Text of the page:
I joined the fight because it occurred to me that many modern day “humanists” who claim to possess a genuine concern for human beings throughout the world are in fact quite content to allow their fellow “global citizens” to suffer under the most hideous state apparatuses and conditions. Their excuses used to be my excuses. When asked why we shouldn’t confront the Ba’ath party, the Taliban or the various other tyrannies throughout this world, my answers would allude to vague notions of cultural tolerance (forcing women to wear a veil and stay indoors is such a quaint cultural tradition), the sanctity of national sovereignty (how eager we internationalists are to throw up borders to defend dictatorships!) or even a creeping suspicion of America’s intentions. When all else failed, I would retreat to my fragile moral ecosystem that years of living in peace and liberty had provided me. I would write off war because civilian casualties were guaranteed, or temporary alliances with illiberal forces would be made, or tank fuel was toxic for the environment. My fellow “humanists” and I would relish contently in our self righteous declaration of opposition against all military campaigns against dictatorships, congratulating one another for refusing to taint that aforementioned fragile moral ecosystem that many still cradle with all the revolutionary tenacity of the members of Rage Against the Machine and Greenday. Others would point to America’s historical support of Saddam Hussein, sighting it as hypocritical that we would now vilify him as a thug and a tyrant. Upon explaining that we did so to ward off the fiercely Islamist Iran, which was correctly identified as the greater threat at the time, eyes are rolled and hypocrisy is declared. Forgetting that America sided with Stalin to defeat Hitler, who was promptly confronted once the Nazis were destroyed, America’s initial engagement with Saddam and other regional actors is identified as the ultimate argument against America’s moral crusade.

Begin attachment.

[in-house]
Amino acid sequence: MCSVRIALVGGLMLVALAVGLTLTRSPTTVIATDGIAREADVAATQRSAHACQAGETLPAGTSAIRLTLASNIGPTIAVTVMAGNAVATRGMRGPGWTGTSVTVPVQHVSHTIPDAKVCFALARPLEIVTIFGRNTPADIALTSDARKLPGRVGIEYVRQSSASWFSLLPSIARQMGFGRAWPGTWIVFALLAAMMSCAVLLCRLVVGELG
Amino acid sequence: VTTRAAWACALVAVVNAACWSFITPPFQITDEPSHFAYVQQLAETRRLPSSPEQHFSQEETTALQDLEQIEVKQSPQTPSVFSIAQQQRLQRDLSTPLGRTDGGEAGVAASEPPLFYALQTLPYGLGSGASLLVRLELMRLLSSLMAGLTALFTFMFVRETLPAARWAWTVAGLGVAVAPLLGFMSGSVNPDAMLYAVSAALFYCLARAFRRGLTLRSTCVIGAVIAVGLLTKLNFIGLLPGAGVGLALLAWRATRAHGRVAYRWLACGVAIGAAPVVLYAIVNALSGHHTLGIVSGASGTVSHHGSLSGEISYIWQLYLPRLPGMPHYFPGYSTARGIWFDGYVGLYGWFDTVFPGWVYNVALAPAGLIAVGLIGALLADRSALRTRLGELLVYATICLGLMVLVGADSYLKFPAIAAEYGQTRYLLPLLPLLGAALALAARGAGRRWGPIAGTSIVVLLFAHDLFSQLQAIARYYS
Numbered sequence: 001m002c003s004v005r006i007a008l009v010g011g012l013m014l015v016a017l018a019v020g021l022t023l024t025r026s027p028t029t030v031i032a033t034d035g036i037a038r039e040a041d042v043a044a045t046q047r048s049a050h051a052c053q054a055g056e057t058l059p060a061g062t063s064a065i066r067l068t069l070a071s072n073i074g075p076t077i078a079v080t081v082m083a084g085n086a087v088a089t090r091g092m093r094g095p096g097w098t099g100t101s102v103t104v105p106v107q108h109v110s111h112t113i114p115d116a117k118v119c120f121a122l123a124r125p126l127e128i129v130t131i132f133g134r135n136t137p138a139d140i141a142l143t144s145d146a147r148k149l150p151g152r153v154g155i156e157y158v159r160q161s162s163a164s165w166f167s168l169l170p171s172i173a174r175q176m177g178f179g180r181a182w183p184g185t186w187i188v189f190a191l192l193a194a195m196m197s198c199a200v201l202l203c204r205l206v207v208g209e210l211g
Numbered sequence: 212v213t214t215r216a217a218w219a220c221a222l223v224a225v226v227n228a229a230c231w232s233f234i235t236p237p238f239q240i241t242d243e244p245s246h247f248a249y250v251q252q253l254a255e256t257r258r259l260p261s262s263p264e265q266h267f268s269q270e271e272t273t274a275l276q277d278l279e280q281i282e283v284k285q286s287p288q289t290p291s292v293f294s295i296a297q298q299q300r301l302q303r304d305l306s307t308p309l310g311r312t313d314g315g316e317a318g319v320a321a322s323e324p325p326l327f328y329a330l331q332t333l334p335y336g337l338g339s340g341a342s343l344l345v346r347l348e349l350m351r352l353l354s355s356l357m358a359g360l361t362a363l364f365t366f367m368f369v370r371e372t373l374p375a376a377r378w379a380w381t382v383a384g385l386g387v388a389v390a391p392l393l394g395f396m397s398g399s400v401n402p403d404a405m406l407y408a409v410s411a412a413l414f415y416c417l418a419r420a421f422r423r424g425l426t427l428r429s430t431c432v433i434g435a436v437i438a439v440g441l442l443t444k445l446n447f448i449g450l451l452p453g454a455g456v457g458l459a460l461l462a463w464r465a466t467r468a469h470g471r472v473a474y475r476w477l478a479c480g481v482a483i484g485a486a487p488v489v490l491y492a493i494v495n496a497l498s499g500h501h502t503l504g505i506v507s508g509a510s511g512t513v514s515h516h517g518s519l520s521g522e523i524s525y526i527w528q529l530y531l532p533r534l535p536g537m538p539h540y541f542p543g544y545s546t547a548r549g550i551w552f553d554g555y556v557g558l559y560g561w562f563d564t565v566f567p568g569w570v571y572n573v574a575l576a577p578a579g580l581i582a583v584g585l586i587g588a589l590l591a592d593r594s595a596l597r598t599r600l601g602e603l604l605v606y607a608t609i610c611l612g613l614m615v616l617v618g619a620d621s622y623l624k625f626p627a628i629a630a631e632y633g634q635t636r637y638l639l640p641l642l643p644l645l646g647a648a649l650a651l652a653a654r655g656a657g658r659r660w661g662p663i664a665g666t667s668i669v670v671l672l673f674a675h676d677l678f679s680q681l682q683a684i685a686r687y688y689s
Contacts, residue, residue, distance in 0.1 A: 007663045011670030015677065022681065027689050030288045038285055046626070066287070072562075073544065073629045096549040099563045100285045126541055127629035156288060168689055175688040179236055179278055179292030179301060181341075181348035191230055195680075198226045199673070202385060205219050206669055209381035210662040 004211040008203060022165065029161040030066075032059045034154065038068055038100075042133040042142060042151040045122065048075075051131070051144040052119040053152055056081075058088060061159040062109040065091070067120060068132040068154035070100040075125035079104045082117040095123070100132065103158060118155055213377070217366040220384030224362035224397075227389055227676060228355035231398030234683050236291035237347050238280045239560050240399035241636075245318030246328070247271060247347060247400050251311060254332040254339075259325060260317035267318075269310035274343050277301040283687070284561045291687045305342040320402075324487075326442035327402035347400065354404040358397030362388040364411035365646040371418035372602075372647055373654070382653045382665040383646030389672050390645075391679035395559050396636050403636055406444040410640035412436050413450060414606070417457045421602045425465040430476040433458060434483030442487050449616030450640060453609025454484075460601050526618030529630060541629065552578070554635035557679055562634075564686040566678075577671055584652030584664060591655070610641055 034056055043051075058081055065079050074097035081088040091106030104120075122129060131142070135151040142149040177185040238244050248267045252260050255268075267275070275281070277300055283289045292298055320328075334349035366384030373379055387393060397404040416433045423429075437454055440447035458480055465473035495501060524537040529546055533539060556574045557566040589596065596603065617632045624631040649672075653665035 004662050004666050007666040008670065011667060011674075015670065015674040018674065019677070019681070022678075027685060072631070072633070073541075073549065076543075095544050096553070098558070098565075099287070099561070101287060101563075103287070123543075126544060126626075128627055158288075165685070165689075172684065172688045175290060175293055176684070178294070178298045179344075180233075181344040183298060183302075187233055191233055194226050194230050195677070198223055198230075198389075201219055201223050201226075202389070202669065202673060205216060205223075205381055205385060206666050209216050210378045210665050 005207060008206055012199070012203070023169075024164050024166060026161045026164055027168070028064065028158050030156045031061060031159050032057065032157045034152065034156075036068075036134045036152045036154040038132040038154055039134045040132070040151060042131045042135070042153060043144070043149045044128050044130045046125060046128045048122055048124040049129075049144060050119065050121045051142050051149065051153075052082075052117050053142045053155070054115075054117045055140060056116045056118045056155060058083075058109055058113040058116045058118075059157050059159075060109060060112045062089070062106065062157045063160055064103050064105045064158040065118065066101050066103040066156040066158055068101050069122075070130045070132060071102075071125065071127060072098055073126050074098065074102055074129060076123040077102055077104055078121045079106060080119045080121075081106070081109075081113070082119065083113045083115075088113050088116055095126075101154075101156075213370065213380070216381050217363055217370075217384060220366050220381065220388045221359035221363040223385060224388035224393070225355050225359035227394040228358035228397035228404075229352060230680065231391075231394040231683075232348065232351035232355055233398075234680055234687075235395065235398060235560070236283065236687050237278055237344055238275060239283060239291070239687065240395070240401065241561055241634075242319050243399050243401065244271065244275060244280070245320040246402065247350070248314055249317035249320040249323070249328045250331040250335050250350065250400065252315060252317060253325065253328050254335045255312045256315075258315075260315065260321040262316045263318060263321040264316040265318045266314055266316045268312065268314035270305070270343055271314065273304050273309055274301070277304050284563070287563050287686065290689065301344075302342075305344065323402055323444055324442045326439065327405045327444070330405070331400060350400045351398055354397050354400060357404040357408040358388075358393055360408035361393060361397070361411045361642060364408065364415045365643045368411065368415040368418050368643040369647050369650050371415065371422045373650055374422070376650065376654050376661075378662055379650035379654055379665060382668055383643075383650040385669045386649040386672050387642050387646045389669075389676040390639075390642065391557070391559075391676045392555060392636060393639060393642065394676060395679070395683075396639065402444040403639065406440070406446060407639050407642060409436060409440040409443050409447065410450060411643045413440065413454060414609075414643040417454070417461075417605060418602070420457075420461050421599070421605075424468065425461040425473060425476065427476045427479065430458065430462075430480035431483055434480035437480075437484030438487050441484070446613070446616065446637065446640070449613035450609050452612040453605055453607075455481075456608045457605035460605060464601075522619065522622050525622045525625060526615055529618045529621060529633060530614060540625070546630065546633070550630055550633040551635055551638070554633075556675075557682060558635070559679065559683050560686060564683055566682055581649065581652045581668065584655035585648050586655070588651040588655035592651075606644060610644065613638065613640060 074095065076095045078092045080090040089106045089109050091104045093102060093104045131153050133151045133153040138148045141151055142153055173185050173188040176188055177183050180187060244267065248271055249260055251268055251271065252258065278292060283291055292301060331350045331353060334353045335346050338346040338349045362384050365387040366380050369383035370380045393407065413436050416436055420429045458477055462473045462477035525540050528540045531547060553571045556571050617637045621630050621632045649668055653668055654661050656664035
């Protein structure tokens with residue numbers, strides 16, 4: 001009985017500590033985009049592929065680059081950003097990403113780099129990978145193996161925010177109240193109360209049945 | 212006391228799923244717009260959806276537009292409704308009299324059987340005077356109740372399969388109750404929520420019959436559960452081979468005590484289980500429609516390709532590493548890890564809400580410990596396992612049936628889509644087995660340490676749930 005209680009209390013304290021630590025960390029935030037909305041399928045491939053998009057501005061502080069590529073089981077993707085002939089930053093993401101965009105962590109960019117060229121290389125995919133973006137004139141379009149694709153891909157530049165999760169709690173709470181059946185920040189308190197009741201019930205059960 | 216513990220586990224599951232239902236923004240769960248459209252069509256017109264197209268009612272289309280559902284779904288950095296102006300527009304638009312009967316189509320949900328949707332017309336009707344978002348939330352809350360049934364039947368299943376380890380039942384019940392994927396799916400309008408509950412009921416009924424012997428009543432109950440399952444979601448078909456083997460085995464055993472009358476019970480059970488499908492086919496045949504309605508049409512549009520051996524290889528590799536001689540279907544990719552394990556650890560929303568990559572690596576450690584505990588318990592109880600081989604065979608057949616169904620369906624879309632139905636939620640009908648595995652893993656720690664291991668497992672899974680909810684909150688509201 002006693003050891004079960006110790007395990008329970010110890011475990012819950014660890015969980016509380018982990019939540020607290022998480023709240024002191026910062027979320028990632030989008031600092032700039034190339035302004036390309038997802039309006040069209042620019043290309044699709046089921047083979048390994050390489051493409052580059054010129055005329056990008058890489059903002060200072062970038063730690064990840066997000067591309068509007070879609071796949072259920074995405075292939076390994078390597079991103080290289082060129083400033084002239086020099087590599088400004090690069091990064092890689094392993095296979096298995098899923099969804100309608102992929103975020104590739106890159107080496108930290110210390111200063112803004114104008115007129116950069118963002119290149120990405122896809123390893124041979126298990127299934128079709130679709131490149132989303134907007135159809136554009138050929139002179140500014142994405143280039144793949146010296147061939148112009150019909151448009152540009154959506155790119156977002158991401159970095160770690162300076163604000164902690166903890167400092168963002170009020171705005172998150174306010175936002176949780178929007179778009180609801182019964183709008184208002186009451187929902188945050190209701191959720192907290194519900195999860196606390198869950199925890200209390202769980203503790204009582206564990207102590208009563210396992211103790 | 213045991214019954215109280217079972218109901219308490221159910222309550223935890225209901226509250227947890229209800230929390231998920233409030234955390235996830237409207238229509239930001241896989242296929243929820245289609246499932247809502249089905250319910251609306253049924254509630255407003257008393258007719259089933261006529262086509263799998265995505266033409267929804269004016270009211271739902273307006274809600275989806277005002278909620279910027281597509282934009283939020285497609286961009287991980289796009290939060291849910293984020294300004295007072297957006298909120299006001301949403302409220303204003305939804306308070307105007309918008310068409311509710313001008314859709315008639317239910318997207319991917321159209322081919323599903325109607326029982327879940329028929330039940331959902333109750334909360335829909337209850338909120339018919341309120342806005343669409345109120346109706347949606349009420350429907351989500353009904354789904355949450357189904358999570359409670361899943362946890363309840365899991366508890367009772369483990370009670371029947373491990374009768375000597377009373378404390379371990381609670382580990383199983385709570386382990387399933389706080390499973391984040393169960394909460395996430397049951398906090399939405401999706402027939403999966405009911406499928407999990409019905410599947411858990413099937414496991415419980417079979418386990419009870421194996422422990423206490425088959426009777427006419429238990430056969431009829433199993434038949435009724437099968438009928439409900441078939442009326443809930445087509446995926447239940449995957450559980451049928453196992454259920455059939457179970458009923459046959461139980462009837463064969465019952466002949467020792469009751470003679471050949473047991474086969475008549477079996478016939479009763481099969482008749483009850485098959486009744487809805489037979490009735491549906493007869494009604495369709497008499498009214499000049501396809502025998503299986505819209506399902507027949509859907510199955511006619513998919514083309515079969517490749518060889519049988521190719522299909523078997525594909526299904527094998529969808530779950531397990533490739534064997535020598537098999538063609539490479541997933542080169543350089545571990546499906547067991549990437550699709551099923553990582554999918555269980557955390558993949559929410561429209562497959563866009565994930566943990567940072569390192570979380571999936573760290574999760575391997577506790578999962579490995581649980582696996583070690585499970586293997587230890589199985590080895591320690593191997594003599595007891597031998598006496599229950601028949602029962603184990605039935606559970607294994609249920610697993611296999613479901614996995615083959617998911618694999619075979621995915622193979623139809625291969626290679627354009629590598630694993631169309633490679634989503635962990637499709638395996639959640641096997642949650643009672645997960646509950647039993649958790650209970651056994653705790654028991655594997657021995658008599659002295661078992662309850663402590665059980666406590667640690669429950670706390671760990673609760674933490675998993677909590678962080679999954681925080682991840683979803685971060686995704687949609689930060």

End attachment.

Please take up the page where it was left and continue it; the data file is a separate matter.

And maybe it is. Maybe the reality of politics makes all political action inherently crude and immoral. Or maybe it is these adventures in philosophical masturbation that prevent people from ever taking any kind of effective action against men like Saddam Hussein. One thing is for certain, as disagreeable or as confusing as my decision to enter the fray may be, consider what peace vigils against genocide have accomplished lately. Consider that there are 19 year old soldiers from the Midwest who have never touched a college campus or a protest who have done more to uphold the universal legitimacy of representative government and individual rights by placing themselves between Iraqi voting lines and homicidal religious fanatics. Often times it is less about how clean your actions are and more about how pure your intentions are.